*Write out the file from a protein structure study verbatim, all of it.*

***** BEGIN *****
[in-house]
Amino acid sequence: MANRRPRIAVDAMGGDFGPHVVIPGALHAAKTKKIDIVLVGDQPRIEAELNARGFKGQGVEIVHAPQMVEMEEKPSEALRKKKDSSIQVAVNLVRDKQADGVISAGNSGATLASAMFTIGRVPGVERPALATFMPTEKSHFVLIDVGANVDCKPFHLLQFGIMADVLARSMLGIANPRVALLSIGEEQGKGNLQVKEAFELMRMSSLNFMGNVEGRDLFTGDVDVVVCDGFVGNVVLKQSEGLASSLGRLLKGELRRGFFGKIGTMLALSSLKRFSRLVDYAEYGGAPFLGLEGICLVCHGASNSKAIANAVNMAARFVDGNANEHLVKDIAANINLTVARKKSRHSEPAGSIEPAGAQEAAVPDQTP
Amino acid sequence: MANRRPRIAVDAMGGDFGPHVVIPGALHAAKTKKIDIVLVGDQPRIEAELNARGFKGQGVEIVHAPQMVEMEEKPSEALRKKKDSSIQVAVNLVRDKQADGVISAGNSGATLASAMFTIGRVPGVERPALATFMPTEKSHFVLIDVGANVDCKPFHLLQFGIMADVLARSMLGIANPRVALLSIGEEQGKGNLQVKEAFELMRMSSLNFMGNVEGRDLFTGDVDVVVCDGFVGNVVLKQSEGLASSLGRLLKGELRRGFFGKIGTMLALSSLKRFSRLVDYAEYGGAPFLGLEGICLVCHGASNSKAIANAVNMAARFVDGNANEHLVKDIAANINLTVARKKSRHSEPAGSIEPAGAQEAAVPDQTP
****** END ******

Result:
[in-house]
Amino acid sequence: MANRRPRIAVDAMGGDFGPHVVIPGALHAAKTKKIDIVLVGDQPRIEAELNARGFKGQGVEIVHAPQMVEMEEKPSEALRKKKDSSIQVAVNLVRDKQADGVISAGNSGATLASAMFTIGRVPGVERPALATFMPTEKSHFVLIDVGANVDCKPFHLLQFGIMADVLARSMLGIANPRVALLSIGEEQGKGNLQVKEAFELMRMSSLNFMGNVEGRDLFTGDVDVVVCDGFVGNVVLKQSEGLASSLGRLLKGELRRGFFGKIGTMLALSSLKRFSRLVDYAEYGGAPFLGLEGICLVCHGASNSKAIANAVNMAARFVDGNANEHLVKDIAANINLTVARKKSRHSEPAGSIEPAGAQEAAVPDQTP
Amino acid sequence: MANRRPRIAVDAMGGDFGPHVVIPGALHAAKTKKIDIVLVGDQPRIEAELNARGFKGQGVEIVHAPQMVEMEEKPSEALRKKKDSSIQVAVNLVRDKQADGVISAGNSGATLASAMFTIGRVPGVERPALATFMPTEKSHFVLIDVGANVDCKPFHLLQFGIMADVLARSMLGIANPRVALLSIGEEQGKGNLQVKEAFELMRMSSLNFMGNVEGRDLFTGDVDVVVCDGFVGNVVLKQSEGLASSLGRLLKGELRRGFFGKIGTMLALSSLKRFSRLVDYAEYGGAPFLGLEGICLVCHGASNSKAIANAVNMAARFVDGNANEHLVKDIAANINLTVARKKSRHSEPAGSIEPAGAQEAAVPDQTP